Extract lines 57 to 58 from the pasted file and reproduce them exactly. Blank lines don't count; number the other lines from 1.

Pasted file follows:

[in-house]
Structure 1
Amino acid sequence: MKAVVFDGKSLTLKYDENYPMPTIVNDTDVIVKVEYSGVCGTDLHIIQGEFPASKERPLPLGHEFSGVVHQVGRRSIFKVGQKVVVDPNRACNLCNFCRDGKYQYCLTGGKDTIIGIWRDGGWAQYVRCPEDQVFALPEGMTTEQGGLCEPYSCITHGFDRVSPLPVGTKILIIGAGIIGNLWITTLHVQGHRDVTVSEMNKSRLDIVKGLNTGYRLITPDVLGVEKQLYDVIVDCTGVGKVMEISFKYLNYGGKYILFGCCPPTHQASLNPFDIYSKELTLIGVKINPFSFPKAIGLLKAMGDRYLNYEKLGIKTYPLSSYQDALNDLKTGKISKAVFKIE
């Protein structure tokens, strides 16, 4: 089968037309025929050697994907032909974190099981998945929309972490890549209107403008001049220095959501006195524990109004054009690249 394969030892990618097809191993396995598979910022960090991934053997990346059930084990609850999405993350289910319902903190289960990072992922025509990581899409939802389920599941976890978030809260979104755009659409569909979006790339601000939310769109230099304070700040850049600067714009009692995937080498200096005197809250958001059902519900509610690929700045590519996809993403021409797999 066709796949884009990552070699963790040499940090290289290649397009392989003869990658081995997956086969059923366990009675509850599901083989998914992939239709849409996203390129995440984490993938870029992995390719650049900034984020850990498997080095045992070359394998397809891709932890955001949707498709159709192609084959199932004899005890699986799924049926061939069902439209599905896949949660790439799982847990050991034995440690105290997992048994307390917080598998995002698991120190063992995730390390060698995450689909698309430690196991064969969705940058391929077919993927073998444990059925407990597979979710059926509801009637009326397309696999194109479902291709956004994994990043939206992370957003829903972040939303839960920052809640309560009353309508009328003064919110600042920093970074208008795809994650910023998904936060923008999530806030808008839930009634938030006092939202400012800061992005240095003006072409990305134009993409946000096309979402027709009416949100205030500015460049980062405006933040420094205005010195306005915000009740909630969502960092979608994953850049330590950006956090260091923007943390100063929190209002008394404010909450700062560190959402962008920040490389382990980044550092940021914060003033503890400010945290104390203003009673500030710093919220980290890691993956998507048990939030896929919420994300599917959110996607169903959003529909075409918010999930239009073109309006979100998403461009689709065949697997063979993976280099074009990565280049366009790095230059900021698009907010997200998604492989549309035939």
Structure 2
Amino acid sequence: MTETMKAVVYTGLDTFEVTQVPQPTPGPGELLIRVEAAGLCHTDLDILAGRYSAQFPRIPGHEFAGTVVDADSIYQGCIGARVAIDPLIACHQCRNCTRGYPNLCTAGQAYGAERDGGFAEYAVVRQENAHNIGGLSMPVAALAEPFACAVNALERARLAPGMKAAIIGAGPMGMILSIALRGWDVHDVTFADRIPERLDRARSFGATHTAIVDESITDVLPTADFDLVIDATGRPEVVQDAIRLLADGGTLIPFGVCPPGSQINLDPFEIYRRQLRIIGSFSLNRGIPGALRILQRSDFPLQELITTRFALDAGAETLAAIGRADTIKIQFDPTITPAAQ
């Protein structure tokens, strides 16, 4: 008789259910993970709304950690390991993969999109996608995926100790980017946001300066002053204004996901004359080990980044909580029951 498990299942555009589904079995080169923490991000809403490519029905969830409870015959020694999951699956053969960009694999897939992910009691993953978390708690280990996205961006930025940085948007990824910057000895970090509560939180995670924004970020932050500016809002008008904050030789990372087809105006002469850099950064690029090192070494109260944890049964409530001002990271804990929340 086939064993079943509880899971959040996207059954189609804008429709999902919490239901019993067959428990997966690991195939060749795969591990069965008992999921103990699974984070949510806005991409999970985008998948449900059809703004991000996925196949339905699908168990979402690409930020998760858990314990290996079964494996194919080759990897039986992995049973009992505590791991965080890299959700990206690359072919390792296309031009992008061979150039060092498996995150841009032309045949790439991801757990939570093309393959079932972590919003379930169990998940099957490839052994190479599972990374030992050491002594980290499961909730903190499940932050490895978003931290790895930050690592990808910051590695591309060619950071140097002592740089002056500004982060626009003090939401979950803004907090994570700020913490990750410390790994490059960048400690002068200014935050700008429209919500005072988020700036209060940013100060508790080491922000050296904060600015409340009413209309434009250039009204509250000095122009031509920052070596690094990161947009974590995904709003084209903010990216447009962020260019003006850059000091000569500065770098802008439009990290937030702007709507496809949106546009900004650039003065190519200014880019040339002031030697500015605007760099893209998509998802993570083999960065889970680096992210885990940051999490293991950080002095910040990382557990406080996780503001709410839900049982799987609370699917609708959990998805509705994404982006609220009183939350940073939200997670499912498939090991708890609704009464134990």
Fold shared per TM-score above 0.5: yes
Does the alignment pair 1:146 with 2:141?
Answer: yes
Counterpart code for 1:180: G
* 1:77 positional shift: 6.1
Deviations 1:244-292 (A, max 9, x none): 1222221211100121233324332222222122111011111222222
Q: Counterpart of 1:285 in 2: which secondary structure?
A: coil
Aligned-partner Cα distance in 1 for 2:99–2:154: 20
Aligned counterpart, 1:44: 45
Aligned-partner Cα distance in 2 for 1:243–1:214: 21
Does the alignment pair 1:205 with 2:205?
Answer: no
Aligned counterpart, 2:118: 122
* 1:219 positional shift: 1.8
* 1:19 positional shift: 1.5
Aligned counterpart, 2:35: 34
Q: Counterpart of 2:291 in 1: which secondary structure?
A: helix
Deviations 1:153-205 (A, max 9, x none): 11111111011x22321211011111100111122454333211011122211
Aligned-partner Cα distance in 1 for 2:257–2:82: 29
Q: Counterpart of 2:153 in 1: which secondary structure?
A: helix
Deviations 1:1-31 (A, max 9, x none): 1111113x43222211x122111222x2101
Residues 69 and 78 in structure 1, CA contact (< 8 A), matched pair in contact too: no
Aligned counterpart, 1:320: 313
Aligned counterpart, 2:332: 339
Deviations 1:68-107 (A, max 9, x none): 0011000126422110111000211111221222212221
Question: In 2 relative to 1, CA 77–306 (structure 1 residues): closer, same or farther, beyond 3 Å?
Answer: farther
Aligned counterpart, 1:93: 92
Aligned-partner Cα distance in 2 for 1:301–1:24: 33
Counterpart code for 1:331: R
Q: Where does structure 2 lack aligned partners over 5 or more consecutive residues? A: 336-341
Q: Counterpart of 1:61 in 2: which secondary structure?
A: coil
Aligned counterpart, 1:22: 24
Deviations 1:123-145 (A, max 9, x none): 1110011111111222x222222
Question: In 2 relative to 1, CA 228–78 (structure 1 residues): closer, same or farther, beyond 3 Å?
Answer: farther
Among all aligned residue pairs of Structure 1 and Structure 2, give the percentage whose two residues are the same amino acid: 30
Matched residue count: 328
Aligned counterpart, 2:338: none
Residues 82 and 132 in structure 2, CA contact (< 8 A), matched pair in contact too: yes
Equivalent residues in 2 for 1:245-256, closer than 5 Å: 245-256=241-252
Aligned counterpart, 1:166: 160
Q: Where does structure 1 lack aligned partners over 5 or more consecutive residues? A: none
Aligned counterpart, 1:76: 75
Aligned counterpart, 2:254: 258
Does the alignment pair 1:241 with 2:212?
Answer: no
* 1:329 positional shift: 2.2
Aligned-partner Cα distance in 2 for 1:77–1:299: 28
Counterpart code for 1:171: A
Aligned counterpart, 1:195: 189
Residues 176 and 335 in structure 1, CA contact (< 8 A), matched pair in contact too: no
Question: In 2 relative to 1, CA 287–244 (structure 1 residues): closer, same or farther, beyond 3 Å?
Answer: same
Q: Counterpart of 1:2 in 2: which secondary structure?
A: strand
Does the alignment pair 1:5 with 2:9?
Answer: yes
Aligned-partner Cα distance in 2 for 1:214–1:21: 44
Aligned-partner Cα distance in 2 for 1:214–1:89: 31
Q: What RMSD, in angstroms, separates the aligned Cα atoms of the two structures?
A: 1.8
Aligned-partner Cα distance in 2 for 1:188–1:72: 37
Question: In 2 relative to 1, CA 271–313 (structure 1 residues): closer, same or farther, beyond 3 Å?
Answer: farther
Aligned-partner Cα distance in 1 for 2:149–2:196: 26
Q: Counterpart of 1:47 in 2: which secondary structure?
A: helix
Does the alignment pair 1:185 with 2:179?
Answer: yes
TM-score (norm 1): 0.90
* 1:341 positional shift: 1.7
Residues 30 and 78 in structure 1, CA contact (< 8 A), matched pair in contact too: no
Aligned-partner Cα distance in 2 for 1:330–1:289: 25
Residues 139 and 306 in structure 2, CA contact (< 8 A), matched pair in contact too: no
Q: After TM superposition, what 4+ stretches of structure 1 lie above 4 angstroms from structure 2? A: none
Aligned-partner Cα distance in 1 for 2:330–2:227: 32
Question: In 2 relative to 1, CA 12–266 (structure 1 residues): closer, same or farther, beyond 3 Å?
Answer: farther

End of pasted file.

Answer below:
Does the alignment pair 1:241 with 2:212?
Answer: no